Passengers have today taken Ryanair to court for tying to wriggle out of paying compensation for flight delays that happened more than two years ago. If a decision goes in their favour, it may make it easier for others to claim too.
The Goel and Trivedi v Ryanair test case, which is being heard at Manchester County Court, will decide whether Ryanair can limit the amount of time a passenger can take a claim to court to two years, rather than the required six years.
As the case is being heard at a county court level, it won't set a legally binding precedent, meaning other courts don't have to follow its example.
But solicitors' firm Bott & Co, which specialises in flight claims and is representing the passengers in court, believes that as it's a test case, other courts in England and Wales are likely to follow the decision.
A judgment could be made today or within the next few days or weeks – we'll report it when it happens. See our Flight Delays guide to check if you're due compensation for a flight delay or cancellation, and for help on how to reclaim yourself for free.
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Haven't airlines already been told they can't limit claims to two years?
If you've been delayed at any time since 2005, you have a right to compensation under EU rules (as long as you fit the other qualifying criteria too – see our Flight Delays guide for the details).
In the UK, it's easier in practice if it's been since 2008 as you can only take your case through the small claims system within six years from the delayed flight in England, Wales and Northern Ireland, and within five years in Scotland.
In June 2014, the Court of Appeal confirmed that the time limit for bringing a claim for compensation must be determined in accordance with the laws of each individual country.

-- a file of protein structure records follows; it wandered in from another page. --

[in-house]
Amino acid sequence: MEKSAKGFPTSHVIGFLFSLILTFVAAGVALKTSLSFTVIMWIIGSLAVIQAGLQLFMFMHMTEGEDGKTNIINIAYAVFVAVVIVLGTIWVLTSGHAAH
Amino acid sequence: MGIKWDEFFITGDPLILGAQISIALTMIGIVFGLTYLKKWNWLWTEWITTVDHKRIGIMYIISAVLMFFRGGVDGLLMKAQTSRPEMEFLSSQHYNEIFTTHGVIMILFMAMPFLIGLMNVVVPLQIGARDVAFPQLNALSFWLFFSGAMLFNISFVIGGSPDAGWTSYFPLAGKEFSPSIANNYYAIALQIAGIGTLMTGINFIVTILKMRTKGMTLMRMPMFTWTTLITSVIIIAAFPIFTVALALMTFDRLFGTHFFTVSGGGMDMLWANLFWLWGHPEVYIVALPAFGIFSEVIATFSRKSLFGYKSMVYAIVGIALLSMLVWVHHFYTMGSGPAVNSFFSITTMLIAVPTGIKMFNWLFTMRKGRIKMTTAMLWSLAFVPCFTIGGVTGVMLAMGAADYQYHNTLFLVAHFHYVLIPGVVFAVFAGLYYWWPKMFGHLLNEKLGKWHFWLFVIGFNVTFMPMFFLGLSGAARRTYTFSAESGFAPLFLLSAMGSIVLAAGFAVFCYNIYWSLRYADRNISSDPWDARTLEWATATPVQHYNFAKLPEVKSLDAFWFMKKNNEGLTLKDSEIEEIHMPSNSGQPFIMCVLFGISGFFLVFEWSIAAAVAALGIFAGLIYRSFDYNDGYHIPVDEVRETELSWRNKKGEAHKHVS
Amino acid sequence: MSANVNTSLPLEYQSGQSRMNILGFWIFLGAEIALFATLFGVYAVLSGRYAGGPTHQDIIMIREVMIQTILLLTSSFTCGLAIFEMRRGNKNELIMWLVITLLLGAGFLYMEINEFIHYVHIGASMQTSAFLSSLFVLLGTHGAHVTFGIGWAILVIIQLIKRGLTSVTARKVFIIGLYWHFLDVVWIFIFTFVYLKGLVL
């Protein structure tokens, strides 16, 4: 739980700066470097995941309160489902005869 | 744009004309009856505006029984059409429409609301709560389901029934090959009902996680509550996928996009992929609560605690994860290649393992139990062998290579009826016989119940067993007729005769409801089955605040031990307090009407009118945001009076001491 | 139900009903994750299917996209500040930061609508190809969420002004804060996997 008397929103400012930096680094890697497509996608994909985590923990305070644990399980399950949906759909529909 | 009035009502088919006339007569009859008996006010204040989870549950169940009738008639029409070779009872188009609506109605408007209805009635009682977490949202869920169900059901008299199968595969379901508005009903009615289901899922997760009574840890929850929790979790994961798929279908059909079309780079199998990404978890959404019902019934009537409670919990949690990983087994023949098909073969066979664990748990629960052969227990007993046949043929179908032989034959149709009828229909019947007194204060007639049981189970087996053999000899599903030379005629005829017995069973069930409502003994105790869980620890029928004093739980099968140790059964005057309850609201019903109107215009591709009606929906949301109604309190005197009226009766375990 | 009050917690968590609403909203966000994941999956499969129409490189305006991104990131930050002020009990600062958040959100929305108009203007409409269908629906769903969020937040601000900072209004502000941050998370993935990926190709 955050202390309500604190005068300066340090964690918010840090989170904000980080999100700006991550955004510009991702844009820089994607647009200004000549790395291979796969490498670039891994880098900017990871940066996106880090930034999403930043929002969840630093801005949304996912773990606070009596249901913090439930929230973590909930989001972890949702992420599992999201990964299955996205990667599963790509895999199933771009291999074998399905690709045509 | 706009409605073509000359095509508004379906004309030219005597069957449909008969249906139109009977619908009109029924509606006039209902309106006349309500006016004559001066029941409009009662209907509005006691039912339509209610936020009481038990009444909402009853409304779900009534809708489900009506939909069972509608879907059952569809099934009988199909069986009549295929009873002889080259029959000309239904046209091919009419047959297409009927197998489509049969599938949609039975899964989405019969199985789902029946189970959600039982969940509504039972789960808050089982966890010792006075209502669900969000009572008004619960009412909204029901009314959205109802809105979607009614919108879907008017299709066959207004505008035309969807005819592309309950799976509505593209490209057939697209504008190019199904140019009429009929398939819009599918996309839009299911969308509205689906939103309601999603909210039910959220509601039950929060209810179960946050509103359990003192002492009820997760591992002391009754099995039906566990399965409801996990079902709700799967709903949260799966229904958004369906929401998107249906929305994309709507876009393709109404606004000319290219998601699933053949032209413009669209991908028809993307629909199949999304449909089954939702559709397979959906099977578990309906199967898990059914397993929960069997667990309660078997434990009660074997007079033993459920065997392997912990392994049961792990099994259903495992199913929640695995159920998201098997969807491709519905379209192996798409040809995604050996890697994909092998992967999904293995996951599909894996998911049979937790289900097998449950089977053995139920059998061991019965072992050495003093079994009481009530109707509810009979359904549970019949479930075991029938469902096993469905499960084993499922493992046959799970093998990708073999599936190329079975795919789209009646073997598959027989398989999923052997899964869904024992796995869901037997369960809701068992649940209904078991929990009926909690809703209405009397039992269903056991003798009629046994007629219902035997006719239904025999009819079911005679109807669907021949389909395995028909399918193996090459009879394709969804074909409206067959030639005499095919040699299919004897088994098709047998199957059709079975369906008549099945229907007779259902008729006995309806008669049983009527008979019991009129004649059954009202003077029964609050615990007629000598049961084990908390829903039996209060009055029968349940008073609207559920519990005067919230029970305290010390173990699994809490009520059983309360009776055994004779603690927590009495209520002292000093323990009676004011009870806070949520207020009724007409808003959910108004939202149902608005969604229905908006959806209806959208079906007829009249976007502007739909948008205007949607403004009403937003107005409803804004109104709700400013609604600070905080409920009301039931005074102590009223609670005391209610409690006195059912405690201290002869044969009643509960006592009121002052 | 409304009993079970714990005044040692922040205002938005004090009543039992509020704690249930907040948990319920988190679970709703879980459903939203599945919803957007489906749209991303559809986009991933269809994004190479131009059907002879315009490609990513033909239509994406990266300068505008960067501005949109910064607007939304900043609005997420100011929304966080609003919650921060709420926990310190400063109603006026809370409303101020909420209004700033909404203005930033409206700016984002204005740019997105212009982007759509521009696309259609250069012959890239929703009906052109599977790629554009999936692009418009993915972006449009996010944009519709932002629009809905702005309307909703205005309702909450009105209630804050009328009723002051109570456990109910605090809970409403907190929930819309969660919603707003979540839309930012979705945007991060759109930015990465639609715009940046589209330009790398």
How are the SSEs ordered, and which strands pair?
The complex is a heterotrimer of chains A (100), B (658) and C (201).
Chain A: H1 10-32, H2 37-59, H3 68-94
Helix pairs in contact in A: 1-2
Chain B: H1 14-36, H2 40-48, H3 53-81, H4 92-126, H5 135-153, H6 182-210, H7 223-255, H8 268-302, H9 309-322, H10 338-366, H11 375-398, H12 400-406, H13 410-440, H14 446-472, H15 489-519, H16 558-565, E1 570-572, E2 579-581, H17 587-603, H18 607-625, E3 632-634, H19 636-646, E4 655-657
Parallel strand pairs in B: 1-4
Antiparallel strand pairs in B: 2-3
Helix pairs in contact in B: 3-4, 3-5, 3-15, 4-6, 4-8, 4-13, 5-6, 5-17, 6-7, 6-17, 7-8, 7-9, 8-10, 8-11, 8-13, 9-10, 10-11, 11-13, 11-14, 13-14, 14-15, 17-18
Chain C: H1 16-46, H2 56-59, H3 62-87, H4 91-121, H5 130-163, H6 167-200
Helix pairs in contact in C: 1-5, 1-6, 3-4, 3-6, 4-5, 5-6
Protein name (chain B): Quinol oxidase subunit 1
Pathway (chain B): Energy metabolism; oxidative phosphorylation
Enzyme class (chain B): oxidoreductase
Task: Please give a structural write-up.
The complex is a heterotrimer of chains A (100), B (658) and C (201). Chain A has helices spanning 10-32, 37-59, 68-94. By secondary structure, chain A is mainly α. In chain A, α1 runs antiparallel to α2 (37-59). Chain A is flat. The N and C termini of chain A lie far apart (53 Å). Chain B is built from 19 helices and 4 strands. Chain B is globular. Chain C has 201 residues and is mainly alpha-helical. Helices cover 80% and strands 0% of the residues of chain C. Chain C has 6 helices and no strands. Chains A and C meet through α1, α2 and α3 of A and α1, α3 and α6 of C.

Thomson – the airline at the centre of the challenge to the Court of Appeal – tried to overturn this ruling, but was refused permission to do so by the Supreme Court in October 2014. This means the law is clear, you CAN claim for flights going back at least six years (five in Scotland).
But according to Bott & Co, Ryanair has been arguing that a clause in its terms and conditions states that passengers only have two years to claim. Today's test case will decide whether or not Ryanair is right.
A spokesperson for Ryanair says: "We don't comment on pending legal matters. Ryanair fully complies with all EU261 legislation and deals with each claim on a case by case basis."
What is today's case about?
Today's case relates to two separate passengers – Goel and Trivedi (their first names haven't been disclosed) – whose flight from Reus in Spain to Stanstead in England was delayed by nearly 10 hours on 6 May 2008 following a technical fault.
Both parties asked Bott & Co to take on their claim (you can reclaim yourself for free – see our Flight Delays guide for the details), which was filed at court on 30 January 2014 – five years and 8 months after the flight delay.
The cases have been on hold pending other legal challenges, but will now be heard together today.